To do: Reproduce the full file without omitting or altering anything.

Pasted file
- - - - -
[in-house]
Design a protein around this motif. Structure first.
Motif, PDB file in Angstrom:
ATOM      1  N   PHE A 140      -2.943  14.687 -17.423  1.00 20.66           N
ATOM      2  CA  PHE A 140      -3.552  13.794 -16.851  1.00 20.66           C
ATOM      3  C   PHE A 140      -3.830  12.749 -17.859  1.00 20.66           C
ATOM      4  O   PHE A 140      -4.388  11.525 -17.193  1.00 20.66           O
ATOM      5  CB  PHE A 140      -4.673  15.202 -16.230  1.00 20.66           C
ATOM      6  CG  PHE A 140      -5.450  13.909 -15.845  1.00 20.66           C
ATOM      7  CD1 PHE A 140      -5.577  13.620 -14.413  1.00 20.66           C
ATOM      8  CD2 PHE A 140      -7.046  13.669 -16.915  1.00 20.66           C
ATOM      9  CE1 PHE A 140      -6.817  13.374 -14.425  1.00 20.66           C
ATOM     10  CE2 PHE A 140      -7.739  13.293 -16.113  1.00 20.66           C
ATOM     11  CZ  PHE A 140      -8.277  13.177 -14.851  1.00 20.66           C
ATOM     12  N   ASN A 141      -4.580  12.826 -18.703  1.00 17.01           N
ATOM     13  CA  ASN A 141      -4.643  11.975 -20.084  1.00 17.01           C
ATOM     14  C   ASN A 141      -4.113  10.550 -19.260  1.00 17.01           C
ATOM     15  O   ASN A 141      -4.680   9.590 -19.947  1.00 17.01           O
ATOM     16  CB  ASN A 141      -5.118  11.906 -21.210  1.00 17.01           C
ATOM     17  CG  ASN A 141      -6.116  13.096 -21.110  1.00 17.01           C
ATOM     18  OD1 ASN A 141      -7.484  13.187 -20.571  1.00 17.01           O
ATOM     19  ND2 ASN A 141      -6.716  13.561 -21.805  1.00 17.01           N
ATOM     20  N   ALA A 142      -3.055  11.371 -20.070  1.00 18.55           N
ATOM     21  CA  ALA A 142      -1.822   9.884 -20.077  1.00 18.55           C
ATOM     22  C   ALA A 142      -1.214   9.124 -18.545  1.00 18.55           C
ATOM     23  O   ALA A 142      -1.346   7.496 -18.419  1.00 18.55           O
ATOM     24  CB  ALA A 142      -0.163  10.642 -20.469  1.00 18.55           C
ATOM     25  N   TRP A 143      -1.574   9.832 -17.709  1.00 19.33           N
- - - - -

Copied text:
[in-house]
Design a protein around this motif. Structure first.
Motif, PDB file in Angstrom:
ATOM      1  N   PHE A 140      -2.943  14.687 -17.423  1.00 20.66           N
ATOM      2  CA  PHE A 140      -3.552  13.794 -16.851  1.00 20.66           C
ATOM      3  C   PHE A 140      -3.830  12.749 -17.859  1.00 20.66           C
ATOM      4  O   PHE A 140      -4.388  11.525 -17.193  1.00 20.66           O
ATOM      5  CB  PHE A 140      -4.673  15.202 -16.230  1.00 20.66           C
ATOM      6  CG  PHE A 140      -5.450  13.909 -15.845  1.00 20.66           C
ATOM      7  CD1 PHE A 140      -5.577  13.620 -14.413  1.00 20.66           C
ATOM      8  CD2 PHE A 140      -7.046  13.669 -16.915  1.00 20.66           C
ATOM      9  CE1 PHE A 140      -6.817  13.374 -14.425  1.00 20.66           C
ATOM     10  CE2 PHE A 140      -7.739  13.293 -16.113  1.00 20.66           C
ATOM     11  CZ  PHE A 140      -8.277  13.177 -14.851  1.00 20.66           C
ATOM     12  N   ASN A 141      -4.580  12.826 -18.703  1.00 17.01           N
ATOM     13  CA  ASN A 141      -4.643  11.975 -20.084  1.00 17.01           C
ATOM     14  C   ASN A 141      -4.113  10.550 -19.260  1.00 17.01           C
ATOM     15  O   ASN A 141      -4.680   9.590 -19.947  1.00 17.01           O
ATOM     16  CB  ASN A 141      -5.118  11.906 -21.210  1.00 17.01           C
ATOM     17  CG  ASN A 141      -6.116  13.096 -21.110  1.00 17.01           C
ATOM     18  OD1 ASN A 141      -7.484  13.187 -20.571  1.00 17.01           O
ATOM     19  ND2 ASN A 141      -6.716  13.561 -21.805  1.00 17.01           N
ATOM     20  N   ALA A 142      -3.055  11.371 -20.070  1.00 18.55           N
ATOM     21  CA  ALA A 142      -1.822   9.884 -20.077  1.00 18.55           C
ATOM     22  C   ALA A 142      -1.214   9.124 -18.545  1.00 18.55           C
ATOM     23  O   ALA A 142      -1.346   7.496 -18.419  1.00 18.55           O
ATOM     24  CB  ALA A 142      -0.163  10.642 -20.469  1.00 18.55           C
ATOM     25  N   TRP A 143      -1.574   9.832 -17.709  1.00 19.33           N